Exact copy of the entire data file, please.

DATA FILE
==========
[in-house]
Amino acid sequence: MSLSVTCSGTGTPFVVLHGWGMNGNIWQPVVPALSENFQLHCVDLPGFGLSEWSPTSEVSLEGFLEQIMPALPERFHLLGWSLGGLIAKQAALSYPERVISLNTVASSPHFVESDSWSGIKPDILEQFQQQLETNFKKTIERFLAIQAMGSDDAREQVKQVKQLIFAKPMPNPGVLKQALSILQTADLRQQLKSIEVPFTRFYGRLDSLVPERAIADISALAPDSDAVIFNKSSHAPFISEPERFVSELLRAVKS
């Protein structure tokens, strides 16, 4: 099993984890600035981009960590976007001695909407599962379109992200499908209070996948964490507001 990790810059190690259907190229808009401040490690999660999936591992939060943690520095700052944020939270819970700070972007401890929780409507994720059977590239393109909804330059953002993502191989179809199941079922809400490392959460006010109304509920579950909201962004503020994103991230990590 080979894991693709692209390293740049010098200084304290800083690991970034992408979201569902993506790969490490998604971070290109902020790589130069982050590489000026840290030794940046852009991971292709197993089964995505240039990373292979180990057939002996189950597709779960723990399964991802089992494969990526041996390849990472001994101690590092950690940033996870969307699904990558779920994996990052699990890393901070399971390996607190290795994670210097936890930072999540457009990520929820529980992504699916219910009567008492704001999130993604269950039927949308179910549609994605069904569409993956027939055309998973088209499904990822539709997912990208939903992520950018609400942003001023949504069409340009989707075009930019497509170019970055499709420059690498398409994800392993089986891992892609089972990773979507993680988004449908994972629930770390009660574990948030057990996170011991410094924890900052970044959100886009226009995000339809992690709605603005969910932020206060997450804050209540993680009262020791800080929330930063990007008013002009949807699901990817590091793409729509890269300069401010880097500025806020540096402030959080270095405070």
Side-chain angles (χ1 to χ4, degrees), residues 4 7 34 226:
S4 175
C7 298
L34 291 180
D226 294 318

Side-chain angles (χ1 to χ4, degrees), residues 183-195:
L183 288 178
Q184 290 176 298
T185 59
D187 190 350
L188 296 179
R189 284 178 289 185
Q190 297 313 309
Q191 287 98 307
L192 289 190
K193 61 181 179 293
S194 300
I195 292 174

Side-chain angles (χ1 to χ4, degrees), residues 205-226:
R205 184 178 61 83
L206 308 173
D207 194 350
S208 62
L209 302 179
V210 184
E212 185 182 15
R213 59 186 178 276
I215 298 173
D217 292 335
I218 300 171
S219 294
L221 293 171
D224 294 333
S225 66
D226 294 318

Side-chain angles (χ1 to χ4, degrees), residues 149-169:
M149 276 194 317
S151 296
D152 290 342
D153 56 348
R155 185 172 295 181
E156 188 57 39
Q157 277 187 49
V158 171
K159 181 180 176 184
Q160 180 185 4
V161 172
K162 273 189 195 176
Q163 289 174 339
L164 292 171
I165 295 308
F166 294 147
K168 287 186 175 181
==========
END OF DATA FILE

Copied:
[in-house]
Amino acid sequence: MSLSVTCSGTGTPFVVLHGWGMNGNIWQPVVPALSENFQLHCVDLPGFGLSEWSPTSEVSLEGFLEQIMPALPERFHLLGWSLGGLIAKQAALSYPERVISLNTVASSPHFVESDSWSGIKPDILEQFQQQLETNFKKTIERFLAIQAMGSDDAREQVKQVKQLIFAKPMPNPGVLKQALSILQTADLRQQLKSIEVPFTRFYGRLDSLVPERAIADISALAPDSDAVIFNKSSHAPFISEPERFVSELLRAVKS
């Protein structure tokens, strides 16, 4: 099993984890600035981009960590976007001695909407599962379109992200499908209070996948964490507001 990790810059190690259907190229808009401040490690999660999936591992939060943690520095700052944020939270819970700070972007401890929780409507994720059977590239393109909804330059953002993502191989179809199941079922809400490392959460006010109304509920579950909201962004503020994103991230990590 080979894991693709692209390293740049010098200084304290800083690991970034992408979201569902993506790969490490998604971070290109902020790589130069982050590489000026840290030794940046852009991971292709197993089964995505240039990373292979180990057939002996189950597709779960723990399964991802089992494969990526041996390849990472001994101690590092950690940033996870969307699904990558779920994996990052699990890393901070399971390996607190290795994670210097936890930072999540457009990520929820529980992504699916219910009567008492704001999130993604269950039927949308179910549609994605069904569409993956027939055309998973088209499904990822539709997912990208939903992520950018609400942003001023949504069409340009989707075009930019497509170019970055499709420059690498398409994800392993089986891992892609089972990773979507993680988004449908994972629930770390009660574990948030057990996170011991410094924890900052970044959100886009226009995000339809992690709605603005969910932020206060997450804050209540993680009262020791800080929330930063990007008013002009949807699901990817590091793409729509890269300069401010880097500025806020540096402030959080270095405070």
Side-chain angles (χ1 to χ4, degrees), residues 4 7 34 226:
S4 175
C7 298
L34 291 180
D226 294 318

Side-chain angles (χ1 to χ4, degrees), residues 183-195:
L183 288 178
Q184 290 176 298
T185 59
D187 190 350
L188 296 179
R189 284 178 289 185
Q190 297 313 309
Q191 287 98 307
L192 289 190
K193 61 181 179 293
S194 300
I195 292 174

Side-chain angles (χ1 to χ4, degrees), residues 205-226:
R205 184 178 61 83
L206 308 173
D207 194 350
S208 62
L209 302 179
V210 184
E212 185 182 15
R213 59 186 178 276
I215 298 173
D217 292 335
I218 300 171
S219 294
L221 293 171
D224 294 333
S225 66
D226 294 318

Side-chain angles (χ1 to χ4, degrees), residues 149-169:
M149 276 194 317
S151 296
D152 290 342
D153 56 348
R155 185 172 295 181
E156 188 57 39
Q157 277 187 49
V158 171
K159 181 180 176 184
Q160 180 185 4
V161 172
K162 273 189 195 176
Q163 289 174 339
L164 292 171
I165 295 308
F166 294 147
K168 287 186 175 181